Ridere, ludere, hoc est vivere.

Friday, May 30, 2014

Leaner, meaner "Company"

I've been giving some thought as to how to streamline "East India Company."  There are a few approaches I can take.  The scientist in me wants to make one change at a time and test each change independently.  I've heard at least one designer specifically recommend that approach so that you always know the effect of each specific design change.  But my gut tells me to identify the essential core elements of the game, eliminate everything else in one big purge, and then see if anything should be added back in, painstakingly, one element at a time.

It's hard to decide which approach is right.  The scientific one-change-at-a-time approach is the most logical.  But I feel as though my progress would be slow, since my playtest opportunities are not frequent.  The impulsive slash-and-burn approach might get me closer to the right answer faster, but I know from past experience that overpruning can kill a game.

I also got some recommendations from Aaron Honsowetz, co-designer of the economic game "Post Position," so I included some of his thoughts in my exploration of options, below.  Many of them were in line with my thinking; a few represent a different perspective.


For those familiar with "East India Company," the things that are essential are pretty obvious:
  • loading, moving, unloading, and building ships
  • drawing a new colony tile every turn
  • bidding for start player
Maybe the start player bid isn't so obvious, but because profit depends on demand, and demand falls as players unload goods, turn order becomes very important.  So I consider the start player auction a core element of the game.  I'm also thinking of simplifying the bidding process.  Instead of a standard auction, I'm thinking I'll adopt the Spartacus method of simultaneous blind "best and final" bidding.  I would have the incumbent start player break ties.  I might add one modification - that if the winner overbids, he only has to pay one coin more than the second-highest bid.

Aaron H. disagrees with me on the expendability of the start player auction.  Although it adds strategic interaction, he doesn't consider it critical to the game and would recommend removing it.

Here are the elements I would remove:
  • using timber to reduce the cost of building ships
  • piracy and rebellion
  • tariffs
  • dividends
  • loans
First, I think using timber to build ships is definitely an unnecessary option that I can safely delete.

Pirates are fun, but they're just a negative complication.  Aaron recommends keeping them but simplifying the insurance calculation.  He recommends a clever counter mechanism that makes the insurance pay-out much easier to determine.  As an alternative, he further suggests that I could get rid of insurance altogether to simplify the game even more.  In my experience, though, piracy without insurance makes the game too "swingy," too subject to fate (or at least makes the consequences of realized risk too great), so if I get rid of insurance, I'm going to get rid of pirates altogether.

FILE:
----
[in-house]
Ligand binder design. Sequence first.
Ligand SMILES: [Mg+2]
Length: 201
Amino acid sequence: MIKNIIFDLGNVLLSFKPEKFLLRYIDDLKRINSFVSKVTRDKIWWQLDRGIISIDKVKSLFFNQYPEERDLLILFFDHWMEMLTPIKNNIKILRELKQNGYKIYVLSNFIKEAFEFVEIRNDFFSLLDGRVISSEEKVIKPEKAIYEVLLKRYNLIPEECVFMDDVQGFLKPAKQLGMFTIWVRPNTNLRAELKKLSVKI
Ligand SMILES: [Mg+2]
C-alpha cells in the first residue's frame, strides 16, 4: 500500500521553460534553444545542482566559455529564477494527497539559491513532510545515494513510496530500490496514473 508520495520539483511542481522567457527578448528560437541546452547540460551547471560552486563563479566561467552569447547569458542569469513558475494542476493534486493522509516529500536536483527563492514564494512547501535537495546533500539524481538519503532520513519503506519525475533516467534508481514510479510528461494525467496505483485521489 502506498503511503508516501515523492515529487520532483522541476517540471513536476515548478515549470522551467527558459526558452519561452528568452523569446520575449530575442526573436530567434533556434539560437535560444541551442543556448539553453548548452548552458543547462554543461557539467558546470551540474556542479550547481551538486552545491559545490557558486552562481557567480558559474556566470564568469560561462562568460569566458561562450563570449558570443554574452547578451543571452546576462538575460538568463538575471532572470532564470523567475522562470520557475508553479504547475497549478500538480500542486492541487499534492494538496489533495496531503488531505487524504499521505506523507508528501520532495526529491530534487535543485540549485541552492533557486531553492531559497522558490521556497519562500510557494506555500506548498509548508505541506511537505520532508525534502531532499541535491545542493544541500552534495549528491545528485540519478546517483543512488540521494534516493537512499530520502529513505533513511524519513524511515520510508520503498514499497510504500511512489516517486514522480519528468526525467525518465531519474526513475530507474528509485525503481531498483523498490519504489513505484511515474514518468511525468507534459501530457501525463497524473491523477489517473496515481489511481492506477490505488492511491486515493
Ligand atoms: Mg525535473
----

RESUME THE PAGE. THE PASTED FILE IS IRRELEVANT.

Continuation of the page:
Tariffs are really just chrome, just one more thing to spend money on to influence the game.  Aaron suggests the same kind of Spartacus auction mechanism for tariffs that I describe for start player, above.  But we both think that they could be eliminated altogether.

I've had several playtesters suggest that dividends were unnecessary as well, so I think I should listen to those comments and try the game without them.  Aaron agrees.  As an alternative, he also suggests making dividends mandatory, such that failing to pay dividends costs negative points, to reflect unhappy shareholders.  That was actually the original concept in the game, which I subsequently refined to the existing dividend bonus point track as a simplification of that idea - more of a "keeping up with the Joneses" motivation rather than "appeasing shareholders."  In the final analysis, though, dividends are certainly a candidate for deletion.   

It's very difficult for me to remove loans, because I consider them a big part of the game tension.  If I find that the game is less fun without them, they will be the first thing that I put back in.  Aaron recommends keeping the loans but removing the interest payments.  Given that each loan has a higher "initiation fee" than the one before, that might be a workable idea.  The downside I imagine is that it would motivate players to take an optimum number of loans in the first turn and then hold them for the entire game, to pay them off in final scoring.  The original idea of the loans was to introduce the "time value of money" as a factor, which is why I would prefer to keep the interest payments; but they have become something of a burden in terms of gameplay.


Another change I'm considering to shorten the game is to remove the Caribbean colony from the map and remove the three Caribbean tiles from the bag.  Game end would be triggered when six (rather than seven) colonies have two tiles each or three (rather than four) colonies have three tiles each.  That should shorten the game by two or three turns and also cut back on the amount of low-value commodities in the game.

Those are my current thoughts, and the more I consider my options, the more I think I will make the drastic cuts for my next playtest, rather than just trimming one thing at a time.  We'll see how that goes.

No comments:

Post a Comment